Microsoft ignited the next-generation console wars with the debut of Xbox Series X earlier this month, pitting it against Sony's upcoming PlayStation 5. Microsoft has so far made big claims about how the next Xbox console will be the most powerful player in the domain. Now, a new leak suggests that it might very well be the case, at least when it comes to raw teraflop figures. The Xbox Series X console is said to deliver an impressive 12 teraflops, while Sony's PlayStation 5 will reportedly max out at 9.2 teraflops, around 30 percent lower than its rival from Microsoft.
A report by Eurogamer, citing test data sourced from GitHub and tipsters, gives a brief rundown of the PlayStation 5's internals. The upcoming Sony console is said to employ eight AMD Zen 2 cores for processing needs, while graphics will be handled by 36 custom Navi compute units clocked at 2000Mhz. The GDDR6 memory, on the other hand, is said to tick a 448GB/s, or a max speed of 512GB/s. A rough estimation of the raw GPU output delivered by the 36 custom Navi compute units with these leaked specifications gives 9.2 teraflops of GPU power.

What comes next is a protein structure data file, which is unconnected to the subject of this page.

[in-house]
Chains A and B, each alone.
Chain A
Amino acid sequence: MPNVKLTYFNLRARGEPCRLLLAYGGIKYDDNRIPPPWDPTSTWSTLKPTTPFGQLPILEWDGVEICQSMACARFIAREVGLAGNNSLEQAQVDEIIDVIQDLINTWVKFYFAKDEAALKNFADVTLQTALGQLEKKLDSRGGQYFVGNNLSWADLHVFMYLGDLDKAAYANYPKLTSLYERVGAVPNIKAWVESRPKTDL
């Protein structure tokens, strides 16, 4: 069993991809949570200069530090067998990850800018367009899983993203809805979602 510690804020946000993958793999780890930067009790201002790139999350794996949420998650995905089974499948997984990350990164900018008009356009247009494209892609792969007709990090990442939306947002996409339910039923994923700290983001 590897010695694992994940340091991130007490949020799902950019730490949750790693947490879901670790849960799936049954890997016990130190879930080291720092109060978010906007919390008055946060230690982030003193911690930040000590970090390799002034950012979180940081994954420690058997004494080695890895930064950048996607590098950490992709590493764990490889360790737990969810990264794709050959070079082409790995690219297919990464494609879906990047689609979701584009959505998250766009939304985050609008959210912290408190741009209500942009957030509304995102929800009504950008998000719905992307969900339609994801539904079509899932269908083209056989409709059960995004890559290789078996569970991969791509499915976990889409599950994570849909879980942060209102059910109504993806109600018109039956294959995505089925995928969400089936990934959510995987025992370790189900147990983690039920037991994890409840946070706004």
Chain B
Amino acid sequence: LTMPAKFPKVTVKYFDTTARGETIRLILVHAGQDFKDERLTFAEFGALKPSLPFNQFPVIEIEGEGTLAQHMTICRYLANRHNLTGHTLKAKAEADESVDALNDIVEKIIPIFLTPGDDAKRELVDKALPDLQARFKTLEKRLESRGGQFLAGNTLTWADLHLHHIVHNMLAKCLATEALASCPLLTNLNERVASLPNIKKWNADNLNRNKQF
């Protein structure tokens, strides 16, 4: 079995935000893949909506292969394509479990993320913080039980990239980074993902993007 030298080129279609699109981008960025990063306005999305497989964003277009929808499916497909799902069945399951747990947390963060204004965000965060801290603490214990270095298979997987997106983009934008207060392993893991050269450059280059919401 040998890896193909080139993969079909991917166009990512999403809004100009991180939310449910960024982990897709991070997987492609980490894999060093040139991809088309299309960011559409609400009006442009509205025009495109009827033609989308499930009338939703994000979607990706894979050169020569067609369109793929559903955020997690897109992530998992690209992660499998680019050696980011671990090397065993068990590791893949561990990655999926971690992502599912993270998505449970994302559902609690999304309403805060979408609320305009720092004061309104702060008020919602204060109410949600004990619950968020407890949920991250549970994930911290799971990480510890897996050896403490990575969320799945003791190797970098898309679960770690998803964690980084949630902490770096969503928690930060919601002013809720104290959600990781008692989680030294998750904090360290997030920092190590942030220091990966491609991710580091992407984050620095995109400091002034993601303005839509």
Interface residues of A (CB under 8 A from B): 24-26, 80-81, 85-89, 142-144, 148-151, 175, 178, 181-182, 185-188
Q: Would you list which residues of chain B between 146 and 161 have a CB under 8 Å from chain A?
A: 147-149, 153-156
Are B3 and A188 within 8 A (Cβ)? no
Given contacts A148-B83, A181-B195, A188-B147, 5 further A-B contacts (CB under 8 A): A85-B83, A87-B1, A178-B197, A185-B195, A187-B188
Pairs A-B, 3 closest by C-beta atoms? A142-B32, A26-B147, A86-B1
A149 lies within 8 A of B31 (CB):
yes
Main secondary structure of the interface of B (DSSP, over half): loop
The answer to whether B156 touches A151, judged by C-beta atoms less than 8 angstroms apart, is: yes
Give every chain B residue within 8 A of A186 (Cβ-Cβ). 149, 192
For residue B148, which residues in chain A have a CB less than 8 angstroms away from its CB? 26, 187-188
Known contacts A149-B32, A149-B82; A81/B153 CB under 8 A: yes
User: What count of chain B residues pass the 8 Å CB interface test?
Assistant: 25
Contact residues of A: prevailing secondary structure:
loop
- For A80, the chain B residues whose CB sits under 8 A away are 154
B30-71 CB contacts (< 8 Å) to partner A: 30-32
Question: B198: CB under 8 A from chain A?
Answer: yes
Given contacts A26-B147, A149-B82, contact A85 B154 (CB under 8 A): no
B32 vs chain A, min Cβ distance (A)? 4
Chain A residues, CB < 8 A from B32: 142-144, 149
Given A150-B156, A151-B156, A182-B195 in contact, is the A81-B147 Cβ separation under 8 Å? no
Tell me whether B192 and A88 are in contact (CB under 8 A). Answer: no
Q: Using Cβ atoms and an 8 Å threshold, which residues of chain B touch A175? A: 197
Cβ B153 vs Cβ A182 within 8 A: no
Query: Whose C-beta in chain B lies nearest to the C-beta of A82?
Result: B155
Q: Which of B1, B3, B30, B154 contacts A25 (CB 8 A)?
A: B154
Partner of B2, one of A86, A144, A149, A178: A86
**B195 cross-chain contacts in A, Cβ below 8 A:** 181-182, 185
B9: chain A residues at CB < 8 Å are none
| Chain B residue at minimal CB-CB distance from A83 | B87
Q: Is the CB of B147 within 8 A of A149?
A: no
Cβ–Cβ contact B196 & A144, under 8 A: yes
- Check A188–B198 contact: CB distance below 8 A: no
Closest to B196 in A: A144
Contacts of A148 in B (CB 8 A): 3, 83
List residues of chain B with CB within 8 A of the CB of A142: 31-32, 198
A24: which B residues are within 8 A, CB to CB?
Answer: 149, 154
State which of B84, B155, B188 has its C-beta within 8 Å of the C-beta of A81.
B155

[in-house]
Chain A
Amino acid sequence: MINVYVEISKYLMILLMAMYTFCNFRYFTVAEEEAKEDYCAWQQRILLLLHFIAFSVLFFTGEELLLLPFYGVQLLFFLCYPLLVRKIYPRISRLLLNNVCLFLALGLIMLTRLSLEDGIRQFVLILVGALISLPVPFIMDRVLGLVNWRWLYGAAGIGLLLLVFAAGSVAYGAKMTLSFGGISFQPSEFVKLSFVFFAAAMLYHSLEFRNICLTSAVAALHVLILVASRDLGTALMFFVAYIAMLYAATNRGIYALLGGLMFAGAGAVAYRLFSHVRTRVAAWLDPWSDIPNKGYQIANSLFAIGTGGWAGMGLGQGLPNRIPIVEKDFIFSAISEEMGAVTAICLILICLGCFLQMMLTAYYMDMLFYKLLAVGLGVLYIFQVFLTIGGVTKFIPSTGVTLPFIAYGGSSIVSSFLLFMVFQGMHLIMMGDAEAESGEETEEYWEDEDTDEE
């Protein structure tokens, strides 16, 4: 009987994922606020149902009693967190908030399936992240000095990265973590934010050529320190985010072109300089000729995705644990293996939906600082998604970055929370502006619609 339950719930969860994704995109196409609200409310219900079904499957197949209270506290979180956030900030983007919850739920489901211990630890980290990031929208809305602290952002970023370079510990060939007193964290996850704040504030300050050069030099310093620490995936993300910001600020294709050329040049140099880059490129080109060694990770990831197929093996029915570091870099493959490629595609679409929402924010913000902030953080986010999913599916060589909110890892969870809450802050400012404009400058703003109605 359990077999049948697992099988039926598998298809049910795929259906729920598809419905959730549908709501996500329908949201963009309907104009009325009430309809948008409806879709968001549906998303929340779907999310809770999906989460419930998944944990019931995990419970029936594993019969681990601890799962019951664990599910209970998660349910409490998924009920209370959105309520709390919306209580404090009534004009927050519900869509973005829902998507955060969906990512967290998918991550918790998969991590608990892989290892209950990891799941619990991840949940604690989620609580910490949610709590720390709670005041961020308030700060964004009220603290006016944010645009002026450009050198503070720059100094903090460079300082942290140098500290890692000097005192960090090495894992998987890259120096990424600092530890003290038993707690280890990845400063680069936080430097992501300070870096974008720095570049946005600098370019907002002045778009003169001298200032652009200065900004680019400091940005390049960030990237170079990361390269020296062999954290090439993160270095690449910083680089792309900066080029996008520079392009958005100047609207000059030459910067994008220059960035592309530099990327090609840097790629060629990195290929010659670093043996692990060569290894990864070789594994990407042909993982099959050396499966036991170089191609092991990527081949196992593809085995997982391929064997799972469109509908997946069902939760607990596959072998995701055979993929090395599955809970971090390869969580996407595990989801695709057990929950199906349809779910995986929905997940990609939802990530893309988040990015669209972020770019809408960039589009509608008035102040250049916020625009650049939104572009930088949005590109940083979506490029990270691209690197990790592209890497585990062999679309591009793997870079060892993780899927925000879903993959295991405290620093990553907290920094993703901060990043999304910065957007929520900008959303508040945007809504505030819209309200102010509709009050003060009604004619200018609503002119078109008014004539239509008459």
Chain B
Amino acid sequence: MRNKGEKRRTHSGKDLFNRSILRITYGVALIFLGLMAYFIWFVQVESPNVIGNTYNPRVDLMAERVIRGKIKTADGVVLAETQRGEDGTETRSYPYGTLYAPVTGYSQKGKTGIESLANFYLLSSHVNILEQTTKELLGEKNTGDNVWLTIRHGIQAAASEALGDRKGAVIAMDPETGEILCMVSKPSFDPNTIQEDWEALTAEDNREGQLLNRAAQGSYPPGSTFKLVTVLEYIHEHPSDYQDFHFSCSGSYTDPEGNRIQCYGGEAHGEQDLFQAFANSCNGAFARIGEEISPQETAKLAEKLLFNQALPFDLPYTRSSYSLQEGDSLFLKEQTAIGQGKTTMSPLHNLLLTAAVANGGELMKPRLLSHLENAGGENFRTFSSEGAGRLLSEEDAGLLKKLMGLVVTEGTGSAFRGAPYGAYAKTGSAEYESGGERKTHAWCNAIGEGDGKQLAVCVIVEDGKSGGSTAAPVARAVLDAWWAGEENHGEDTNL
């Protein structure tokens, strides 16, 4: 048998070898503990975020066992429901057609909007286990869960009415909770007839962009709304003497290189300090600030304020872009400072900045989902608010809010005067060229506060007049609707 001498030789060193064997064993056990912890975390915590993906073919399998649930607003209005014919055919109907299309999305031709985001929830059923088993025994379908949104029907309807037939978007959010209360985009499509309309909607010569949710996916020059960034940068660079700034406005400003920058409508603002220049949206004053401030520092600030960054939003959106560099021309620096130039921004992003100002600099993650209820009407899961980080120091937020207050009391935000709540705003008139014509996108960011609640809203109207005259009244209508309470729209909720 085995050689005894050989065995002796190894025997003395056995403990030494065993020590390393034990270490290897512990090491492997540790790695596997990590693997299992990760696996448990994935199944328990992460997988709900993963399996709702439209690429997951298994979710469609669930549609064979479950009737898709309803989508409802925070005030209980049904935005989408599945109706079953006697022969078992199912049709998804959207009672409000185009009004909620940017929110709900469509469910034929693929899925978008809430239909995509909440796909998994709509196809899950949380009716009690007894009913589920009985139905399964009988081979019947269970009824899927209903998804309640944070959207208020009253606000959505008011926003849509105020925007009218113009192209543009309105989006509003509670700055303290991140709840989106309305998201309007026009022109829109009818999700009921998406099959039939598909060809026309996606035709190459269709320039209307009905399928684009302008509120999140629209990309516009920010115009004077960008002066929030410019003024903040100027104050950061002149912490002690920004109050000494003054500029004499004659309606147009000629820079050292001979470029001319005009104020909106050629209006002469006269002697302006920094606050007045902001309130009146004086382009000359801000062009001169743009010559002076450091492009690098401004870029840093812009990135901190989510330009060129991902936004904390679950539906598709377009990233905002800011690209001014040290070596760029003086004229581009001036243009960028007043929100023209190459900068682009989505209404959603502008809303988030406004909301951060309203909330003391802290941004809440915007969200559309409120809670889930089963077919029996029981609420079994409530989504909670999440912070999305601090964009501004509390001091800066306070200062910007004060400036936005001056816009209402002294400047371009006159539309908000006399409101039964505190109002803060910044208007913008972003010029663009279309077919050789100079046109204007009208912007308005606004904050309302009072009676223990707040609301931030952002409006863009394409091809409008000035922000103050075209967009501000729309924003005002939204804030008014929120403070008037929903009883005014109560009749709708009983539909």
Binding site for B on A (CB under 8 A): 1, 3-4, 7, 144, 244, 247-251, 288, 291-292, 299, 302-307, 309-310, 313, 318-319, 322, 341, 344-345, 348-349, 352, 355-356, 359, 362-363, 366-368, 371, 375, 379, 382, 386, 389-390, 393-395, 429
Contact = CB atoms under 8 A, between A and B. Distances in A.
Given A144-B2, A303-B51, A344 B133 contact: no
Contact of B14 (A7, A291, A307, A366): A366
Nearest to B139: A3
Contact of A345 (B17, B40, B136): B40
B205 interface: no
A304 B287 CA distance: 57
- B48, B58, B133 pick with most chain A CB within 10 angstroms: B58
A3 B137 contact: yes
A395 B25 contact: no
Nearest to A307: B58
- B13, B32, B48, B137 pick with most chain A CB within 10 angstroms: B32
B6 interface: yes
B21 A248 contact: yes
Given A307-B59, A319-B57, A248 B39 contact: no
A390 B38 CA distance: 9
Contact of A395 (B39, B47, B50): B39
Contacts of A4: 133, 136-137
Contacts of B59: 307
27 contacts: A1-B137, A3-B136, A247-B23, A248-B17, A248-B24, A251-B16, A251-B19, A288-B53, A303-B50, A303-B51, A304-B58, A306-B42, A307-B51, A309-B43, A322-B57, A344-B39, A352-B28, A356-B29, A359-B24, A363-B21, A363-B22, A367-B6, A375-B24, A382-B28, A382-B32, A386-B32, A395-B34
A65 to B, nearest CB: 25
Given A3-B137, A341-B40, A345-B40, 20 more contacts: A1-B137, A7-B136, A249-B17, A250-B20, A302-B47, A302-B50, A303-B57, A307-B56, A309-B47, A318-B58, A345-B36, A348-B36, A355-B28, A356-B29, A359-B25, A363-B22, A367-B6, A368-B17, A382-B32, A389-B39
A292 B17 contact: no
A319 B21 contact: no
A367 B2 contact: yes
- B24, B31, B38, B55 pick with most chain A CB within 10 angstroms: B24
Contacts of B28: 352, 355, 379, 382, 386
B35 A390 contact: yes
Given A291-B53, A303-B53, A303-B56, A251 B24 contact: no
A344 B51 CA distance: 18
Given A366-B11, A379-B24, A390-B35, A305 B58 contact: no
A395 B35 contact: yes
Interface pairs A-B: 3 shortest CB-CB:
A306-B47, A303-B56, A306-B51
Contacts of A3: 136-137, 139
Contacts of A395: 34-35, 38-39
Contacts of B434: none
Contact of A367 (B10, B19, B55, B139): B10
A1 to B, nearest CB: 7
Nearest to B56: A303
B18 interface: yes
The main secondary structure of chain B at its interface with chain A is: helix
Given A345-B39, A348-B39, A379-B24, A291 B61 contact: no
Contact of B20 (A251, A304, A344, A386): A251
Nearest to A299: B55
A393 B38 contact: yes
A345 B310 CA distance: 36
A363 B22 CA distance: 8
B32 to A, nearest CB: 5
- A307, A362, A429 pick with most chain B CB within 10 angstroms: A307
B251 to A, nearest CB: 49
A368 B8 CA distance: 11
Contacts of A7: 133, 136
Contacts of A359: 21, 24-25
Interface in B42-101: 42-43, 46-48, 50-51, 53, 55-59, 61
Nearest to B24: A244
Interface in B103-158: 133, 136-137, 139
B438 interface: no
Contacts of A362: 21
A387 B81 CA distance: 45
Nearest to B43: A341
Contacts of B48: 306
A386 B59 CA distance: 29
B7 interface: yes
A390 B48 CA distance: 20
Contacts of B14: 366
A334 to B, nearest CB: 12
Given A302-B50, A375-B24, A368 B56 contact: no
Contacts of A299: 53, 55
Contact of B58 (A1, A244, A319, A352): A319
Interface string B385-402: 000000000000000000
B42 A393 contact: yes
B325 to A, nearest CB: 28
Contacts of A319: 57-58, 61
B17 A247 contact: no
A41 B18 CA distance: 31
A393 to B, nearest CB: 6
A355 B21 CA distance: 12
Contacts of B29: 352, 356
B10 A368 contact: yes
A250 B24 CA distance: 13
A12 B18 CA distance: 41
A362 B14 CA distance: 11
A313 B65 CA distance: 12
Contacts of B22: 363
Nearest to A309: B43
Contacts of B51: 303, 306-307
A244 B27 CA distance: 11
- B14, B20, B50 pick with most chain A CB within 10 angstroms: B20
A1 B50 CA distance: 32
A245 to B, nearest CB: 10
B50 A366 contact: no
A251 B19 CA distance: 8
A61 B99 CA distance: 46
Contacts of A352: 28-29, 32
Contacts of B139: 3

On the other hand, the Xbox Series X is said to pack 56 custom Navi GPU units clocked at 1700MHz, while the bandwidth of the GDDR6 memory is comparatively higher at 560GB/s. Riding on top of eight Zen 2 cores, the leaked figures deliver a much higher GPU output of 12 teraflops, going up to 12.2 teraflops. This leak appears to have some material backing as well. Microsoft's Xbox chief, Phil Spencer, recently said in an interview that the Xbox Series X will double the GPU performance of the Xbox One X.
And since the Xbox One X tops at 6 teraflops, the obvious GPU power target for the Xbox Series X turns out to be 12 teraflops. While Microsoft's Xbox Series X console appears to have an upper hand over the PlayStation 5, do keep in mind that these conclusions have been drawn on the basis of leaked test data, and not the official test figures. It must also be noted that raw GPU output is not the only factor that can propel sales, especially in the case of Microsoft, which has lagged behind Sony when it comes to exclusives and preference among developers.